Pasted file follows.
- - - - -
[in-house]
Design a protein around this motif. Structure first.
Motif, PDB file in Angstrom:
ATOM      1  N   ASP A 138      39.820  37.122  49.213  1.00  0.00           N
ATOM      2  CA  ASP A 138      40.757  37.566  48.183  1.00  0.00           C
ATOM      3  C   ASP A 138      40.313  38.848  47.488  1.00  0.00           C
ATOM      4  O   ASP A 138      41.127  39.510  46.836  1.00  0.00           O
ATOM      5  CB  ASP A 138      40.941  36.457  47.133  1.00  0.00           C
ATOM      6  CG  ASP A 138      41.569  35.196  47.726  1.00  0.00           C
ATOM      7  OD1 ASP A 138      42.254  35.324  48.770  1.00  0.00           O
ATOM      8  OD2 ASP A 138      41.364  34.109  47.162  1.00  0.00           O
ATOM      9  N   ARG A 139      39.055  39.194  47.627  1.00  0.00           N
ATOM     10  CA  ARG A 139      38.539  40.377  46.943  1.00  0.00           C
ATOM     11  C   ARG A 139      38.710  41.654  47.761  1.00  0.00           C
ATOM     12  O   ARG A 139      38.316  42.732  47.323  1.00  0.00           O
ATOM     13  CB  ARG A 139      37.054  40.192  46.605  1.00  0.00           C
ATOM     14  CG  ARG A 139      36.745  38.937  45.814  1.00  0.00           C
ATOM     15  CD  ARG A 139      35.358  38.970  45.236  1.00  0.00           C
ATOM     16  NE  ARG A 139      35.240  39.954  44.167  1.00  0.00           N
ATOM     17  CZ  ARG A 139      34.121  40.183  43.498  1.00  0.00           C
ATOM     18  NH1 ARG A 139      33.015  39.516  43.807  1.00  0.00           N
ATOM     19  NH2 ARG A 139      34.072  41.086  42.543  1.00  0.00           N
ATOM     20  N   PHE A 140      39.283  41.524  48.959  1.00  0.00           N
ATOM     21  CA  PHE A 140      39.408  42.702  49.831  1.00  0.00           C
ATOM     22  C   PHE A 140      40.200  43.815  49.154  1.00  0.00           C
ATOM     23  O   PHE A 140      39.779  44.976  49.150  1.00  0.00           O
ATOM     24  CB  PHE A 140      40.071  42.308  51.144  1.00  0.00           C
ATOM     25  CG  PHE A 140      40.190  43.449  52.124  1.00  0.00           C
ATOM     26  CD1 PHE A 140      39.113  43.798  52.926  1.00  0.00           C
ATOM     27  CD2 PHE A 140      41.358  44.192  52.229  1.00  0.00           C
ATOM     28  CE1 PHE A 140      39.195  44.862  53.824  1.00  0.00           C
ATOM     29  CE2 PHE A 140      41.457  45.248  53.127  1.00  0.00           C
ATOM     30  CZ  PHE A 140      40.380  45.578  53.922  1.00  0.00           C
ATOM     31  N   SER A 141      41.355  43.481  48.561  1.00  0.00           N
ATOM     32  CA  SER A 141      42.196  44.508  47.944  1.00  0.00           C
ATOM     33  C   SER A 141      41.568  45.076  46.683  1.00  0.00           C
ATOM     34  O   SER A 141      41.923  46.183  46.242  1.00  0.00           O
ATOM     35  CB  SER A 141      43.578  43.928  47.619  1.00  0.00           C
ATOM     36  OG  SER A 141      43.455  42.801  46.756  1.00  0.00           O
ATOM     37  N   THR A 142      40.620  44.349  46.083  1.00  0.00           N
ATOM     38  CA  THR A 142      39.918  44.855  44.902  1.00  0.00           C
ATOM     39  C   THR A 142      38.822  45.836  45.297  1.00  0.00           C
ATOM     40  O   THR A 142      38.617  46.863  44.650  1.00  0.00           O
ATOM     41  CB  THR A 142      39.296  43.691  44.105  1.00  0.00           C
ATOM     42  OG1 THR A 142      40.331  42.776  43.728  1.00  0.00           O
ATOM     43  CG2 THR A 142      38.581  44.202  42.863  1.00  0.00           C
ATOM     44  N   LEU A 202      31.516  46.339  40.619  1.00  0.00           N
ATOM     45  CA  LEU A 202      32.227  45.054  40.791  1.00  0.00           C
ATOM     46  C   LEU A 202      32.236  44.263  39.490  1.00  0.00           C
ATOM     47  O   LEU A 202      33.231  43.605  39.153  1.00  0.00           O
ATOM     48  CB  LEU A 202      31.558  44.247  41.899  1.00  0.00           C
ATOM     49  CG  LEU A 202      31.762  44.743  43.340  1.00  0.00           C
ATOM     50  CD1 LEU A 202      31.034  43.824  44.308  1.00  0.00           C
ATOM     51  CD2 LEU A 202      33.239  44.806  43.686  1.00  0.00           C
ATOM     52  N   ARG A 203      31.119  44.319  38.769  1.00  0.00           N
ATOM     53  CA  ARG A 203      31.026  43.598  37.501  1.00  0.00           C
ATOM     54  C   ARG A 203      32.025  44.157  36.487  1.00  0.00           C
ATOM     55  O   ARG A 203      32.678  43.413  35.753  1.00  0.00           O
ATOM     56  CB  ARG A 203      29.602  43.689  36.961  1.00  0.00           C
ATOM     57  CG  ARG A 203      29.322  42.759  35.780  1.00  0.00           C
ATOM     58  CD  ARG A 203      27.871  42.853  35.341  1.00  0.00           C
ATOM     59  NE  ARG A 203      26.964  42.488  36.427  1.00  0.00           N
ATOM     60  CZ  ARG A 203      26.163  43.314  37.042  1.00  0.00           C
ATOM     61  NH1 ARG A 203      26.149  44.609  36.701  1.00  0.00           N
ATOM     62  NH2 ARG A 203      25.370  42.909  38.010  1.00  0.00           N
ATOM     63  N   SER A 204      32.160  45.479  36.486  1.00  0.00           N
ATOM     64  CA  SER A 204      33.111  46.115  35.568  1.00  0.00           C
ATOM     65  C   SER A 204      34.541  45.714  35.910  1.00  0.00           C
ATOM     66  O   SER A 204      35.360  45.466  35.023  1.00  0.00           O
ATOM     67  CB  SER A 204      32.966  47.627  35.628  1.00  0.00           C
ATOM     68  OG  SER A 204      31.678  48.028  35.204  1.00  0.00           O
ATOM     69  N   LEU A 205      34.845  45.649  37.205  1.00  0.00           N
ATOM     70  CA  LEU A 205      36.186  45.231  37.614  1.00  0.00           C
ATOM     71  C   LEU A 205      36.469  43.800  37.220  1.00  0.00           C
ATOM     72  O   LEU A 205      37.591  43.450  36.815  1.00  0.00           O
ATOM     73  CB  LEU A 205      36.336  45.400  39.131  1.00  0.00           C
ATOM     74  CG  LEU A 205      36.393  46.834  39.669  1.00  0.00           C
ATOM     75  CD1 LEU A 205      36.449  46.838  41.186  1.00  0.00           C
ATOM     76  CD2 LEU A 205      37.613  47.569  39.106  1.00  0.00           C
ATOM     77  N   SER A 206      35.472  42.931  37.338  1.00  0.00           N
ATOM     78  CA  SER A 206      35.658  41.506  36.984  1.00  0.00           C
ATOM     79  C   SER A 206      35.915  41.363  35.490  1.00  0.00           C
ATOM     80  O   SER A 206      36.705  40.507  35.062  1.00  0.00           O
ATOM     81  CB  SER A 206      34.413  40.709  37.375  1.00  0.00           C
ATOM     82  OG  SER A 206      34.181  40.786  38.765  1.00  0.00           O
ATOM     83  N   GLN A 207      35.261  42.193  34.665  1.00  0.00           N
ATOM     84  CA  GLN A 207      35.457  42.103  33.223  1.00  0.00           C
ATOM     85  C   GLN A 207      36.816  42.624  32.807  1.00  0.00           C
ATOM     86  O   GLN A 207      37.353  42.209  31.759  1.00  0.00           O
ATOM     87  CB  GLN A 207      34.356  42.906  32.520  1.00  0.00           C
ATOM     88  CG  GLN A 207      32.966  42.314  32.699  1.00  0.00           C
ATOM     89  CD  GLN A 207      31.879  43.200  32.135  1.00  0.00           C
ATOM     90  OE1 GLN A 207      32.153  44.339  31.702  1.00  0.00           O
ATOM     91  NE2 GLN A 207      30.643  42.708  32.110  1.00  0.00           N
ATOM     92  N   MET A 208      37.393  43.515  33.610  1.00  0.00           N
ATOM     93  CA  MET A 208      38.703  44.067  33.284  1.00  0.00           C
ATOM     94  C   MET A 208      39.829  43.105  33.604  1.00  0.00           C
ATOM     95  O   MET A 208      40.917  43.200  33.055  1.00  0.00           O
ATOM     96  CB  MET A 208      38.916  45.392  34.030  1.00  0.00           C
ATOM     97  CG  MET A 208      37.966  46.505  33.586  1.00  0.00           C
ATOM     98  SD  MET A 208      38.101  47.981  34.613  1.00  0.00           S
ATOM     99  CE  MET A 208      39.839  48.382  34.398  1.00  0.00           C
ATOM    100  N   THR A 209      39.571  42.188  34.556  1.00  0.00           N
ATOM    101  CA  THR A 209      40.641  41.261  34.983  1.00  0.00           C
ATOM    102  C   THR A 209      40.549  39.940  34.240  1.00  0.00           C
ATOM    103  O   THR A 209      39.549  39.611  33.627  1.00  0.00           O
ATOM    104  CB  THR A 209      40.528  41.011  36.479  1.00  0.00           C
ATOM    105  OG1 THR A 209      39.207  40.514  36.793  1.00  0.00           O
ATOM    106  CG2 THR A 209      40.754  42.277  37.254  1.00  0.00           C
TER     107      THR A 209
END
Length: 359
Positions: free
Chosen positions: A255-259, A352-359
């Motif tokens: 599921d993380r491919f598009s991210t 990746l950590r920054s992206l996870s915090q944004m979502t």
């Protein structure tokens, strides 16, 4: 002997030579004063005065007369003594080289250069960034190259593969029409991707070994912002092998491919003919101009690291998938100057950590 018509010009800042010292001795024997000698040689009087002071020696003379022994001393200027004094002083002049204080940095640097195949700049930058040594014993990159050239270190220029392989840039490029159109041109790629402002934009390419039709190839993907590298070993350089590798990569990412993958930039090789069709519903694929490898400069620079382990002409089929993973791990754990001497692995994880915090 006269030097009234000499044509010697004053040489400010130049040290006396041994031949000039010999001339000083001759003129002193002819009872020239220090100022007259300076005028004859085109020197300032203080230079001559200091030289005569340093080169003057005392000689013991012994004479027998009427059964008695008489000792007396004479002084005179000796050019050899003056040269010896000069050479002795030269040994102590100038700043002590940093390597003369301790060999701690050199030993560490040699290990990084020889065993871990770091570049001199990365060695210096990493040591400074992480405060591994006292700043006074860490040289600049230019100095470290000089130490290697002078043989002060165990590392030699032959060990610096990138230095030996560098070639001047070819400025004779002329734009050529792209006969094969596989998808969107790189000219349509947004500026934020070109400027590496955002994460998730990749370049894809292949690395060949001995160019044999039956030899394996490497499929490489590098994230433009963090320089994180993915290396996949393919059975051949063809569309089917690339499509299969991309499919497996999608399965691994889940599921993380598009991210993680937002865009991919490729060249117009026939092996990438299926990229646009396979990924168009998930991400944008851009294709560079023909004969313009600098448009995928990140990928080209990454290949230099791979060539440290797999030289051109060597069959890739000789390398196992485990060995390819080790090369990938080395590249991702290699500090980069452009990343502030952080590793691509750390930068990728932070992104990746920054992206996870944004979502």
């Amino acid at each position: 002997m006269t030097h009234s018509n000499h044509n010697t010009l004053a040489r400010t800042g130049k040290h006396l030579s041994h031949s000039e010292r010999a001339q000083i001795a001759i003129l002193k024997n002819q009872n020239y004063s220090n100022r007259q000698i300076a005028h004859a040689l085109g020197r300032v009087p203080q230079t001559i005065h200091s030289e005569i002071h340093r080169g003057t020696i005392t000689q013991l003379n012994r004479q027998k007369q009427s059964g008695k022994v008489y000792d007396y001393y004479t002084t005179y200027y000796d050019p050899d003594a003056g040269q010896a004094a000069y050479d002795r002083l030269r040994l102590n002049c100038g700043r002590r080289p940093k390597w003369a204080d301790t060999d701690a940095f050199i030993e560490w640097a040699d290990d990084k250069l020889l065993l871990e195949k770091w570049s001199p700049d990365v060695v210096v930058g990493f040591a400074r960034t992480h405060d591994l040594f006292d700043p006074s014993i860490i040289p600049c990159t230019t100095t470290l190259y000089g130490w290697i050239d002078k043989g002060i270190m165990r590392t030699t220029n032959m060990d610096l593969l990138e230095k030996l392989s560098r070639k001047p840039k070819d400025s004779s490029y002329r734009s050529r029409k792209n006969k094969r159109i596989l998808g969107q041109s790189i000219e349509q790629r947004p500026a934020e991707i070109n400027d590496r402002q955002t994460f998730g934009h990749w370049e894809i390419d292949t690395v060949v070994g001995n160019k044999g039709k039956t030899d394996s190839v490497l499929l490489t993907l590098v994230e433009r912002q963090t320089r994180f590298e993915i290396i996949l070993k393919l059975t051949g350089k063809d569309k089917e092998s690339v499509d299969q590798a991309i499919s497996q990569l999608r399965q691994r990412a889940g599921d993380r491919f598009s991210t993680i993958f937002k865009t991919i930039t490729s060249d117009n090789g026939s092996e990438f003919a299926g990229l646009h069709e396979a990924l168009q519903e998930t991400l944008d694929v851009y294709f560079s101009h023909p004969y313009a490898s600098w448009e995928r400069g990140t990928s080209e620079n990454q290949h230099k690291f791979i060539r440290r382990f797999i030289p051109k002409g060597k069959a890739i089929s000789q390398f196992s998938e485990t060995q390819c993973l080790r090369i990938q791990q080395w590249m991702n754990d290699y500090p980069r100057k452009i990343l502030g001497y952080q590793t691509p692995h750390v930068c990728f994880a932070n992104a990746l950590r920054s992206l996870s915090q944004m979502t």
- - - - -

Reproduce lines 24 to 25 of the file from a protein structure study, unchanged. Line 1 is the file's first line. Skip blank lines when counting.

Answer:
ATOM     21  CA  PHE A 140      39.408  42.702  49.831  1.00  0.00           C
ATOM     22  C   PHE A 140      40.200  43.815  49.154  1.00  0.00           C